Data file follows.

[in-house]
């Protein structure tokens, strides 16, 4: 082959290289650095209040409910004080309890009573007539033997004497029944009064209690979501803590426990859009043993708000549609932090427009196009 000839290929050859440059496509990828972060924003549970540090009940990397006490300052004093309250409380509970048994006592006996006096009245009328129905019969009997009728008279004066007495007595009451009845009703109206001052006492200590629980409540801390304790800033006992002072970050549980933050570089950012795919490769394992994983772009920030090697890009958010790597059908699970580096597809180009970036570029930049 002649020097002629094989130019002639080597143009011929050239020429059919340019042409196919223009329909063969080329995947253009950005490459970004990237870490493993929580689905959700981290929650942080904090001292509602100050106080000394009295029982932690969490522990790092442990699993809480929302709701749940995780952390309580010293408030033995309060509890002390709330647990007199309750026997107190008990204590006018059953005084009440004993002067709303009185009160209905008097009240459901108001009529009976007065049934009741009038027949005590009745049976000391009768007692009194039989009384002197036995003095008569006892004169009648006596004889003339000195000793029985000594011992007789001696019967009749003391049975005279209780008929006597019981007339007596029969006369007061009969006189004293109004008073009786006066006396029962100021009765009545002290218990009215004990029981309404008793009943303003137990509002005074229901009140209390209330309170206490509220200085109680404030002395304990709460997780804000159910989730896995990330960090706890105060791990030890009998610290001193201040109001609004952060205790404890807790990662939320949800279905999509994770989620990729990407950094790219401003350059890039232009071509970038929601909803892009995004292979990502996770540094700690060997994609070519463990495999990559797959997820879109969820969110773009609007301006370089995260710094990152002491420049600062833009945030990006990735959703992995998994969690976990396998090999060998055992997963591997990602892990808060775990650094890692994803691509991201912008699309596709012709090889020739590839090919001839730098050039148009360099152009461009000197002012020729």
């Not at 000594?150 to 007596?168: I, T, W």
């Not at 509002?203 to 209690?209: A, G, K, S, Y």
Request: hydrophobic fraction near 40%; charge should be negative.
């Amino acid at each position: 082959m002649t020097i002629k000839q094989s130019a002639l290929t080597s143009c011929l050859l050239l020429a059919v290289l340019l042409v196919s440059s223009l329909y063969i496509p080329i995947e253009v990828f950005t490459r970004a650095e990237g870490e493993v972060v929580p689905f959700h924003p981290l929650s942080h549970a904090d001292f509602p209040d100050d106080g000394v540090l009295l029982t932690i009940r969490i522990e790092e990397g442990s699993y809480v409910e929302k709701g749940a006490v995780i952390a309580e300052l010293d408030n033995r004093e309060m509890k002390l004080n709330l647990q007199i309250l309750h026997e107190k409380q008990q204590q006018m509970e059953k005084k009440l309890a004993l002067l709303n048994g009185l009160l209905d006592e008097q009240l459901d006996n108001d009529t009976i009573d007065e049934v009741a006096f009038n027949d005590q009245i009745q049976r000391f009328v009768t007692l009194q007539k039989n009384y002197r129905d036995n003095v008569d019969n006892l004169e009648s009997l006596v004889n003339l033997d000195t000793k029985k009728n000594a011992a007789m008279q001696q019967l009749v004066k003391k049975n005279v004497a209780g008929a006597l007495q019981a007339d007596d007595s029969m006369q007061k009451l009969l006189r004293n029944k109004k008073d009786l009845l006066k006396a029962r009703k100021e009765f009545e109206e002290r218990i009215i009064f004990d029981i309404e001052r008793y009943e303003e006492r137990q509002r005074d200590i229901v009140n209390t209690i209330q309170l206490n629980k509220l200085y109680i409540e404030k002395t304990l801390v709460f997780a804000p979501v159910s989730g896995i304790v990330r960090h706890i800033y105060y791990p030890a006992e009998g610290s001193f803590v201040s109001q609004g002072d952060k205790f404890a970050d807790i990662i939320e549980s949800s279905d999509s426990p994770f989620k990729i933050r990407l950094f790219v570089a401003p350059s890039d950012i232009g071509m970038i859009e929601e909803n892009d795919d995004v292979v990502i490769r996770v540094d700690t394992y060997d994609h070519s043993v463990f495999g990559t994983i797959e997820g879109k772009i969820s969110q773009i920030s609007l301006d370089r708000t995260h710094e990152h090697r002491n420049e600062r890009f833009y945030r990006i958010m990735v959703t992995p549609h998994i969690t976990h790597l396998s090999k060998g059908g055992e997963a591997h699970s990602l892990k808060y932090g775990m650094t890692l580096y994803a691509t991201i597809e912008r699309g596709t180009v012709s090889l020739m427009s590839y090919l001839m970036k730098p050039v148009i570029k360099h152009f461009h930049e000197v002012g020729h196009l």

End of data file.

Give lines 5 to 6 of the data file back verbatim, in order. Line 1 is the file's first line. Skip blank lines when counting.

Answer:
Request: hydrophobic fraction near 40%; charge should be negative.
């Amino acid at each position: 082959m002649t020097i002629k000839q094989s130019a002639l290929t080597s143009c011929l050859l050239l020429a059919v290289l340019l042409v196919s440059s223009l329909y063969i496509p080329i995947e253009v990828f950005t490459r970004a650095e990237g870490e493993v972060v929580p689905f959700h924003p981290l929650s942080h549970a904090d001292f509602p209040d100050d106080g000394v540090l009295l029982t932690i009940r969490i522990e790092e990397g442990s699993y809480v409910e929302k709701g749940a006490v995780i952390a309580e300052l010293d408030n033995r004093e309060m509890k002390l004080n709330l647990q007199i309250l309750h026997e107190k409380q008990q204590q006018m509970e059953k005084k009440l309890a004993l002067l709303n048994g009185l009160l209905d006592e008097q009240l459901d006996n108001d009529t009976i009573d007065e049934v009741a006096f009038n027949d005590q009245i009745q049976r000391f009328v009768t007692l009194q007539k039989n009384y002197r129905d036995n003095v008569d019969n006892l004169e009648s009997l006596v004889n003339l033997d000195t000793k029985k009728n000594a011992a007789m008279q001696q019967l009749v004066k003391k049975n005279v004497a209780g008929a006597l007495q019981a007339d007596d007595s029969m006369q007061k009451l009969l006189r004293n029944k109004k008073d009786l009845l006066k006396a029962r009703k100021e009765f009545e109206e002290r218990i009215i009064f004990d029981i309404e001052r008793y009943e303003e006492r137990q509002r005074d200590i229901v009140n209390t209690i209330q309170l206490n629980k509220l200085y109680i409540e404030k002395t304990l801390v709460f997780a804000p979501v159910s989730g896995i304790v990330r960090h706890i800033y105060y791990p030890a006992e009998g610290s001193f803590v201040s109001q609004g002072d952060k205790f404890a970050d807790i990662i939320e549980s949800s279905d999509s426990p994770f989620k990729i933050r990407l950094f790219v570089a401003p350059s890039d950012i232009g071509m970038i859009e929601e909803n892009d795919d995004v292979v990502i490769r996770v540094d700690t394992y060997d994609h070519s043993v463990f495999g990559t994983i797959e997820g879109k772009i969820s969110q773009i920030s609007l301006d370089r708000t995260h710094e990152h090697r002491n420049e600062r890009f833009y945030r990006i958010m990735v959703t992995p549609h998994i969690t976990h790597l396998s090999k060998g059908g055992e997963a591997h699970s990602l892990k808060y932090g775990m650094t890692l580096y994803a691509t991201i597809e912008r699309g596709t180009v012709s090889l020739m427009s590839y090919l001839m970036k730098p050039v148009i570029k360099h152009f461009h930049e000197v002012g020729h196009l």